FM

Jan 292014
 

Tottenham Hotspur 1-5 Manchester City

It would be unfair to criticise Tottenham Hotspur for not playing a conservative system at home however when you look at the talent in Manchester City’s forward line you really feel the game was lost by Tim Sherwood’s system choice prior to kick-off at White Hart Lane this evening.

Tottenham Hotspur continued with the 4-2-3-1 system the club has been using for the majority of the season however as we have seen since Tim Sherwood’s arrival as Head Coach Nabil Bentaleb was deployed as a holding midfielder. Christian Eriksen and Gylfi Sigurdsson were positioned as part of the attacking midfield trio with both players interchanging between a central and left wing position throughout the match.

Manchester City started the match in control, Aguero’s early chance after just four minutes should have been the warning Spurs heeded however Manchester City continued to break through the host’s midfield with such ease. This was a direct result of the positioning of Bentaleb in relation to Dembele. Bentaleb has done nothing wrong, he was right to drop slightly deeper in order to perform his duties as a holding midfield player however this left Moussa Dembele on his own in the middle of midfield which is fine if a) you aren’t facing Manchester City’s Yaya Toure and Fernandinho or b) if you have a more mobile holding midfielder able to cover the majority of the space.

Dembele on his own could not contain the forward runs of Toure and Fernandinho and the two bypassed him with ease before moving the ball onto either Navas or Silva who were entrusted with the task of creating chances for the as ever impressive Sergio Aguero. Eriksen and Sigurdsson really needed to work much harder to drop back into the space and help Dembele out yet neither appeared willing to do so although in fairness to the players this is something which should have been thought of by Tim Sherwood prior to the match.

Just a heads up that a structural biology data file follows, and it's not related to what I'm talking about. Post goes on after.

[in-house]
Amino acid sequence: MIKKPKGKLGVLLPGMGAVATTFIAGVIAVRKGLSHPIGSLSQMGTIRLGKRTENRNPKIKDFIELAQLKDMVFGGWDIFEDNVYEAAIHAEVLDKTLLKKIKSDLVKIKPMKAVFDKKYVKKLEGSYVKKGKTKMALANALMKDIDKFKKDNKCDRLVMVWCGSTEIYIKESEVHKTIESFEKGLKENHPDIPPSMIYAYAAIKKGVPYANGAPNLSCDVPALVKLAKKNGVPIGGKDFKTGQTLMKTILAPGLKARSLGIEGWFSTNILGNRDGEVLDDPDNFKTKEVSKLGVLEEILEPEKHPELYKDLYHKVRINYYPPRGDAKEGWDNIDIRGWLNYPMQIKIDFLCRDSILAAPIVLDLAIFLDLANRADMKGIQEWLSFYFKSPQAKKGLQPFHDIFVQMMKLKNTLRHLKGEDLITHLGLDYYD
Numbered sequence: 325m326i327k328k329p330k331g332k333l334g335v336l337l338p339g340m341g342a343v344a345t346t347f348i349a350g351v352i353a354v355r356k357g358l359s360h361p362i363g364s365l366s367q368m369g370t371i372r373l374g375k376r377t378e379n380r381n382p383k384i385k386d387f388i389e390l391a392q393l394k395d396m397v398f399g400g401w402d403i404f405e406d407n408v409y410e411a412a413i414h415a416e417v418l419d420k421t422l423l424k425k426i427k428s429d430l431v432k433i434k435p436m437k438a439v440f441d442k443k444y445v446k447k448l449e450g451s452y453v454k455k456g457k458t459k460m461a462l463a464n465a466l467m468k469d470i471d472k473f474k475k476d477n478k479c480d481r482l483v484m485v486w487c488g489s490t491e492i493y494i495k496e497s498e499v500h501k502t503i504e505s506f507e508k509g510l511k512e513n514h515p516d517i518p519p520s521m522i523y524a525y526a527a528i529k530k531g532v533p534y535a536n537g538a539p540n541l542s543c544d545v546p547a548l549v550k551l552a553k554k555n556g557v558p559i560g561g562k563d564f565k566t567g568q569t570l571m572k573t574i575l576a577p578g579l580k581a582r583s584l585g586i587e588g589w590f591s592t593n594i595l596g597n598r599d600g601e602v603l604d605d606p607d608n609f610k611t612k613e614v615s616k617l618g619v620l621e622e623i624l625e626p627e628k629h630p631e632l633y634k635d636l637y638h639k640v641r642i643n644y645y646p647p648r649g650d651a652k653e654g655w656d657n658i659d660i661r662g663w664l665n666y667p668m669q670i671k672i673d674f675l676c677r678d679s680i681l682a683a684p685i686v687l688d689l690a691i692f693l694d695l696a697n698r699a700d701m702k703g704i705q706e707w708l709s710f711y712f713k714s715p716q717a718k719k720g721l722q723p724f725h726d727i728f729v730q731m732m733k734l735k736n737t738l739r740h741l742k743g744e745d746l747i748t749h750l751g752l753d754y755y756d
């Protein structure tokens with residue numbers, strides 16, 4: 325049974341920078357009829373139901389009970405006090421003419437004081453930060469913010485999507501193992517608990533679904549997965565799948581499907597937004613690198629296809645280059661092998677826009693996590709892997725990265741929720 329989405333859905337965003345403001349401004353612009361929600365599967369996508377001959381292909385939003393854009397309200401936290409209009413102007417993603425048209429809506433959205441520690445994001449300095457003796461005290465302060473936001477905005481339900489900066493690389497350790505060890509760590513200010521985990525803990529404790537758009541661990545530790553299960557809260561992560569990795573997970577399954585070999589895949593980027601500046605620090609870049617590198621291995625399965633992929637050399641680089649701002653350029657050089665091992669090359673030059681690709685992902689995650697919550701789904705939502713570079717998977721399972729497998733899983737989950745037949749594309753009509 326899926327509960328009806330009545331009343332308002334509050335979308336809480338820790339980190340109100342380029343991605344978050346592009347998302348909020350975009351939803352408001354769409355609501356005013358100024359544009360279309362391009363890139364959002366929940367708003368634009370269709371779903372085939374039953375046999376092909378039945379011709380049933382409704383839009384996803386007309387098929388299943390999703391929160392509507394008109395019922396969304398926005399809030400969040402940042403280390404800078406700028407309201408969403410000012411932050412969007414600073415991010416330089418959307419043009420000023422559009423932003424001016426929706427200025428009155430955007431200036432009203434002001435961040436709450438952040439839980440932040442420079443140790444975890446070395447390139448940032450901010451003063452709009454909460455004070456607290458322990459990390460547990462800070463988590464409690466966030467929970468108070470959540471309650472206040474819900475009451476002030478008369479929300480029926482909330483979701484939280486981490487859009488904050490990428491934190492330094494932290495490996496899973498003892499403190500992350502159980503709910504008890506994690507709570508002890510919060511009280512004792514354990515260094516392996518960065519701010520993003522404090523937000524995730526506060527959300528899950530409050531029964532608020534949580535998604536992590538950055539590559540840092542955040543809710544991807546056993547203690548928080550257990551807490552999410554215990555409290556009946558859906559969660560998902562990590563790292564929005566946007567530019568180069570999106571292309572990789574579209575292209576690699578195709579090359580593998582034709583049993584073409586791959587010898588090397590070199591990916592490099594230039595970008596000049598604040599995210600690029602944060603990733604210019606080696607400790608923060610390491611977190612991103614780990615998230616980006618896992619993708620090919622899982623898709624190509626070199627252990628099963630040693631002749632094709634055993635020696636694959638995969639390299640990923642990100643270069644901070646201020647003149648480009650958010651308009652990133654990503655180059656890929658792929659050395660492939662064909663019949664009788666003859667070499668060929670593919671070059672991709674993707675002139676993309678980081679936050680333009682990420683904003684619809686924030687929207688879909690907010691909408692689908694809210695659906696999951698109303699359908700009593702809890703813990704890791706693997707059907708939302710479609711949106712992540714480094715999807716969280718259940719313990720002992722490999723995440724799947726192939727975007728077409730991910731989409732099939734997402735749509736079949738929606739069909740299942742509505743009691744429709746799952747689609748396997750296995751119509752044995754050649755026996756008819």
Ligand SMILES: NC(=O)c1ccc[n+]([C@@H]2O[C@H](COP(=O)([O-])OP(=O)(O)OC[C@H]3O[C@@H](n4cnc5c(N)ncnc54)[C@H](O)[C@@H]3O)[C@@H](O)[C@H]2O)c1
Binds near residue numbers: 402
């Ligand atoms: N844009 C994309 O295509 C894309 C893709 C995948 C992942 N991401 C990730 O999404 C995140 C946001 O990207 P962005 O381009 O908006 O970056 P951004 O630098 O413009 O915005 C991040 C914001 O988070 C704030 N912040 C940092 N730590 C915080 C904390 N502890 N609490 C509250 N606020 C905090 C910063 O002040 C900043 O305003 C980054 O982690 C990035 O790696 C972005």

The lack of numbers of midfield for Tottenham also rendered any sort of pressing game within their own half impossible and Silva and Navas both benefitted from time on the ball which allowed them to pick the perfect pass. David Silva’s assist for Aguero and City’s opening goal was a perfect example of this.

Tottenham did show they could be a danger going forward with Adebayor’s first run in earnest against Martin Demichelis making the experienced Argentine look out of place, however Tottenham simply could not keep hold of the ball long enough to bring Adebayor into play.

Half-time saw Sigurdsson drop into the middle of midfield as part of a midfield three with Capoue and Bentaleb as Tim Sherwood recognised how his side had been completely overrun for the majority of the opening forty five minutes and Tottenham instantly improved. There was more control about their play and the hosts held much more of the ball and looked as if they were going to get back into the match. Danny Rose’s sending off and the resulting penalty really ended the match as a contest as it is impossible to play against a team as well organised and rich in quality as Manchester City are with less men on the pitch.